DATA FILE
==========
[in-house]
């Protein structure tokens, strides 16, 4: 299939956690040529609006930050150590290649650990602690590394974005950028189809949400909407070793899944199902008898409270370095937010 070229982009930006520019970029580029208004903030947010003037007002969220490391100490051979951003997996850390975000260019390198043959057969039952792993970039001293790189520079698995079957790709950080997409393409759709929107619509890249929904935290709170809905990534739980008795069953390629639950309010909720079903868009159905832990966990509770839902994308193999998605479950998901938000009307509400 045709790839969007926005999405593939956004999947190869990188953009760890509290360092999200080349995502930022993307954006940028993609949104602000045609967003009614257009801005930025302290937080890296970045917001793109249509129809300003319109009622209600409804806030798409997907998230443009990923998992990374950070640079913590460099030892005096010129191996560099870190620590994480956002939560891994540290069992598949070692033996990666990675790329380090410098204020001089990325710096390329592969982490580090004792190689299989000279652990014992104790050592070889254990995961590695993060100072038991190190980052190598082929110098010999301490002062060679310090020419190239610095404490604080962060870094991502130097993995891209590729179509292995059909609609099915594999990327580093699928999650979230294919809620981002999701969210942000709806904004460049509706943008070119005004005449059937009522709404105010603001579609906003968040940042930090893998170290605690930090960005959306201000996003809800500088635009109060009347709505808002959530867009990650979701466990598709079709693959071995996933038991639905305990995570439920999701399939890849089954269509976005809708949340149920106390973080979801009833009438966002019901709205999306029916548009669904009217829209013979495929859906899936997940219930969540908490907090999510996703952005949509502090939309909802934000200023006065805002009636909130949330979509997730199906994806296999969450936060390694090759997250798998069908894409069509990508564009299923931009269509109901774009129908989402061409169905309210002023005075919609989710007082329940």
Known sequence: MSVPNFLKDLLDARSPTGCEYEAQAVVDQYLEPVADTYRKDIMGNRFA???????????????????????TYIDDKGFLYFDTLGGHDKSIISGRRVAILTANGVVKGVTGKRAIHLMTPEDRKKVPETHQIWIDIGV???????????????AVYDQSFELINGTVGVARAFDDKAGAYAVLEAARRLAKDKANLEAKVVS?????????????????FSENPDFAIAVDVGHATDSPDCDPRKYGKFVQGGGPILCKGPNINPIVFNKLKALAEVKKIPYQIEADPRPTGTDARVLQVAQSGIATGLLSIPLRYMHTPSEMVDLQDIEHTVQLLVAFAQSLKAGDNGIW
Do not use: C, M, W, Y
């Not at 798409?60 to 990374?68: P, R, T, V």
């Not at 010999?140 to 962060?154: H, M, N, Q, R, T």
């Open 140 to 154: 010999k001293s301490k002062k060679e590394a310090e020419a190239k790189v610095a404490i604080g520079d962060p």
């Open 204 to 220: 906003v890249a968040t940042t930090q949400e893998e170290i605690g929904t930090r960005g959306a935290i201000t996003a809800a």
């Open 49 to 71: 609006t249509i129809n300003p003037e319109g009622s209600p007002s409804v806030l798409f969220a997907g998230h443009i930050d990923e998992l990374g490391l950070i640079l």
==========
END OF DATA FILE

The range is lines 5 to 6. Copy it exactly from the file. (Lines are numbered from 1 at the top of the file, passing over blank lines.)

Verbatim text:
């Not at 798409?60 to 990374?68: P, R, T, V």
């Not at 010999?140 to 962060?154: H, M, N, Q, R, T």